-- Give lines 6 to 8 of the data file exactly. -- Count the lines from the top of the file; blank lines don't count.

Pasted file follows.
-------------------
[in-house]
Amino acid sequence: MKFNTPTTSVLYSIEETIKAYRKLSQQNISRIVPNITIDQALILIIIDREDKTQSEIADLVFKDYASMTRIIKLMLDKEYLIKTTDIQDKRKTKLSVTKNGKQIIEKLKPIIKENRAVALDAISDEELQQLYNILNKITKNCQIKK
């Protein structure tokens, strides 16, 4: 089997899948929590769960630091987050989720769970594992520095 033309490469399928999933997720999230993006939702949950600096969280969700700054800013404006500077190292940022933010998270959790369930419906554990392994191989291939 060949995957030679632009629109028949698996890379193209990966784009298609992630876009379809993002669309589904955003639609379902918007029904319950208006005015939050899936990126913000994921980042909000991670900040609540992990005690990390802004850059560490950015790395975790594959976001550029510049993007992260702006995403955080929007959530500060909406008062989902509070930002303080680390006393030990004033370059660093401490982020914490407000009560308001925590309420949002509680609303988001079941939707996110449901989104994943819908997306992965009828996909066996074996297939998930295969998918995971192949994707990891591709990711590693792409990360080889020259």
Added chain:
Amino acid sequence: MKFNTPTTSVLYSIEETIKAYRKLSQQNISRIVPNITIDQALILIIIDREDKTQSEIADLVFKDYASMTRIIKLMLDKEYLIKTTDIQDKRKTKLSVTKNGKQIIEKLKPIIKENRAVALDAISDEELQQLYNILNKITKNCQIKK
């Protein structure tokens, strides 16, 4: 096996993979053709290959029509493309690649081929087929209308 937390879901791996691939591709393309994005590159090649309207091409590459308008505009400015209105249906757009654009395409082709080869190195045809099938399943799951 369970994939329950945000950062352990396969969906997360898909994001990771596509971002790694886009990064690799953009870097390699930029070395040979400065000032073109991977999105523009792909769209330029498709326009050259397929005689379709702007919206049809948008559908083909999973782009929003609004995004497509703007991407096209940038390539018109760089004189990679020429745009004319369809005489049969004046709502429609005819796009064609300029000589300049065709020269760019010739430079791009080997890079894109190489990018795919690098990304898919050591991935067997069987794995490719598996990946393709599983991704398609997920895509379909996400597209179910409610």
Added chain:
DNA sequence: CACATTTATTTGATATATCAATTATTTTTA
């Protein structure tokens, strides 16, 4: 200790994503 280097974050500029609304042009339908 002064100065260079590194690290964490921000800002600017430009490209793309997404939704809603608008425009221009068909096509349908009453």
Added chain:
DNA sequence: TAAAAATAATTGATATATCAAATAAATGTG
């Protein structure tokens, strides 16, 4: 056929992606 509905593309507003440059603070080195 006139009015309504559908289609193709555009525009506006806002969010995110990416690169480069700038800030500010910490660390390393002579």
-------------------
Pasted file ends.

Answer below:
């Protein structure tokens, strides 16, 4: 096996993979053709290959029509493309690649081929087929209308 937390879901791996691939591709393309994005590159090649309207091409590459308008505009400015209105249906757009654009395409082709080869190195045809099938399943799951 369970994939329950945000950062352990396969969906997360898909994001990771596509971002790694886009990064690799953009870097390699930029070395040979400065000032073109991977999105523009792909769209330029498709326009050259397929005689379709702007919206049809948008559908083909999973782009929003609004995004497509703007991407096209940038390539018109760089004189990679020429745009004319369809005489049969004046709502429609005819796009064609300029000589300049065709020269760019010739430079791009080997890079894109190489990018795919690098990304898919050591991935067997069987794995490719598996990946393709599983991704398609997920895509379909996400597209179910409610």
Added chain:
DNA sequence: CACATTTATTTGATATATCAATTATTTTTA